Welcome to the November issue of my monthly newsletter!
This month’s edition looks at whether you should go fixed or variable and tax write-offs on your rental property.
I would love to hear back from you if you have any questions or feedback regarding anything outlined below.
Thanks again for your continued support and referrals!
Should you go fixed or go variable?
It’s the first and only thing anyone usually asks when you talk about your mortgage: What’s your rate? While everyone can recall their rate off the top of their head, it’s the only detail of the mortgage they remember or care to know. Though the rate is obviously important, your mortgage is so much more than a rate, and if you’re not paying close attention, it can cost you money.
Before we dive deeper, let’s talk fixed rate vs. a variable rate and which one is better. Well, that all depends. First-time homebuyers and older homebuyers typically love the stability of a fixed rate. Keep in mind, seven-in-ten fixed mortgages are broken before the term ends. A fixed rate for five years is fine as long as you stick with a lender that’s going to calculate the penalty if you break your mortgage on the contract rate versus the Benchmark rate. That’s because the Benchmark rate, or as it’s sometimes called the Bank of Canada rate, is higher than your contract rate. Typically a credit union or monoline is the right choice for this mortgage.
Variable rates are great with any lender as it just comes down to who offers the best discounted variable rate. There’s a pretty simple way to decide whether a variable or fixed makes sense, based on rate alone.
It’s called the 50-basis point rule
Basically, take the best fixed rate out there and the best variable rate out there and subtract the two. If the number is less than 50 basis points, there is strong argument to go for a fixed rate. However, if the difference is more than 50 basis points, there’s a solid case to go with a variable.
Pretty simple right? What’s not as simple is the personality of your mortgage. It may not seem like it, but yes, your mortgage has a personality. Think of it like a shiny sports car. It may look amazing when it rolls off the lot, but as the years go on, does it meet your daily needs? Besides your mortgage rate, you need to consider portability, and whether it can be blended and extended and how penalties for breaking the mortgage are calculated. When people start looking for a mortgage, they’re usually getting advice from friends or their parents, and the only question they’re asking is, what’s the rate? But if they don’t know the details of the mortgage like the ones listed above, you can tell them to stick their head in the sand, because they’re giving you bad advice. And if a mortgage broker is only fixated on the rate, you’re working with the wrong one.
Life happens and our circumstances change. You really want to make sure the mortgage will work for you in the future before you sign on the dotted line.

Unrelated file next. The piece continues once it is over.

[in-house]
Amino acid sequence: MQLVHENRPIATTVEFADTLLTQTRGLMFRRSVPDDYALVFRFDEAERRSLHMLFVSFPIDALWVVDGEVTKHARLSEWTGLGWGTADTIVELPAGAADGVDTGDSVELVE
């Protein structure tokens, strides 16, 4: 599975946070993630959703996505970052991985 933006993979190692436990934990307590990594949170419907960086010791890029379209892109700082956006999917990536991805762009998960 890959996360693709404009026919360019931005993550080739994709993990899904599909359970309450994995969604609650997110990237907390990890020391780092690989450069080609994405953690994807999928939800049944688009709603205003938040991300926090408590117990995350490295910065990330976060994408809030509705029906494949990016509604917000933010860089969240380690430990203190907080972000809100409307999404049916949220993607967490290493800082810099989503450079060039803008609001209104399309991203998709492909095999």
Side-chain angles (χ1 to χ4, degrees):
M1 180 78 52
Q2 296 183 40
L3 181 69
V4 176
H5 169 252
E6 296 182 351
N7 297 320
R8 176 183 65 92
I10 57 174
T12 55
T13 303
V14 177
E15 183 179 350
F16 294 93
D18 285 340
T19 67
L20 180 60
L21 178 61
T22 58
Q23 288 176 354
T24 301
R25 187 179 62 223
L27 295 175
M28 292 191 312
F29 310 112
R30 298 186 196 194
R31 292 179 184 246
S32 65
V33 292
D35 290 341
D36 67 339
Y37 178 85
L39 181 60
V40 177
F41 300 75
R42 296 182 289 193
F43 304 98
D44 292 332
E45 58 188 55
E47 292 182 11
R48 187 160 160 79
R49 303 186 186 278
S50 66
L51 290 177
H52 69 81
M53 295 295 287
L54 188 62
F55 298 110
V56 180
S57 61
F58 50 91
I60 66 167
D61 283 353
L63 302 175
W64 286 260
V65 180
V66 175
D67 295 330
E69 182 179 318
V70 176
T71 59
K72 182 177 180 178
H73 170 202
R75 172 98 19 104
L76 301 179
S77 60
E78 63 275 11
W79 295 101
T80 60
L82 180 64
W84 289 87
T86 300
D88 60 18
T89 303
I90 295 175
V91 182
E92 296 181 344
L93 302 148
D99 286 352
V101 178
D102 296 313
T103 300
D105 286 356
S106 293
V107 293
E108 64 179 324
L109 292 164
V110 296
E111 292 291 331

Using the interest on a second mortgage as a tax write-off
We all know owning a second rental property is a great way to invest and build your wealth portfolio. Unfortunately, a lot of homeowners sitting on plenty of equity are afraid to use that money for a downpayment to purchase a rental or investment property. The idea of a second or third mortgage tends to spook people away. While there are always financial risks in any investment, there’s a little-known incentive that might make you take the leap from homeowner to real estate mogul.
Thus, when you’re refinancing or taking equity, you can pull money from your existing owner-occupied home and use the funds on a rental property. Now the interest on the money you pulled out (and only that money, not any existing money) can be written off or expensed against your rental income.
You could expense your rental income down to a negative which in turn lowers your overall taxable income.
Putting even more money back into your pocket
It might only lead to a savings of a few hundred dollars a month, but not many people know it’s an option and is an extra incentive to consider.
You’ll definitely want to talk to your accountant and your mortgage broker to get more details.
There are also a few things to consider if you’re going down this route for an investment property.
You must claim your rental income on your tax return. It’s tax evasion if you don’t.
Mortgage rates are also typically cheaper for owner-occupied homes compared to rental or investment homes. Don’t be tempted to tell your broker or lender the house use will be owner occupied when it will actually be a rental because you want the lower rate. That is mortgage fraud. You could get charged and or the lender could call the balance.
While taking on a second or third mortgage might seem a little daunting at, there are some options available to save you money and your mortgage broker can help.
Let the heat reach you:
Dust or vacuum radiators, baseboard heaters and furnace duct openings often and keep them free from obstructions such as furniture, carpets and drapes.
Replace/Clean Furnace Filters:
Check and clean or replace furnace air filters each month during the heating season. Ventilation system filters, such as those for heat recovery ventilators, should be checked every two months.
DID YOU KNOW…
When you’re buying your first house, negotiating for the mortgage can seem like the least fun and most complicated part of the process. But having no experience making one of life’s biggest purchases doesn’t mean you’re destined to pay the bank’s listed rate. I will work on your behalf with multiple lenders to ensure you receive the best mortgage product and rate catered to your unique needs – whether it’s your first or fifth mortgage.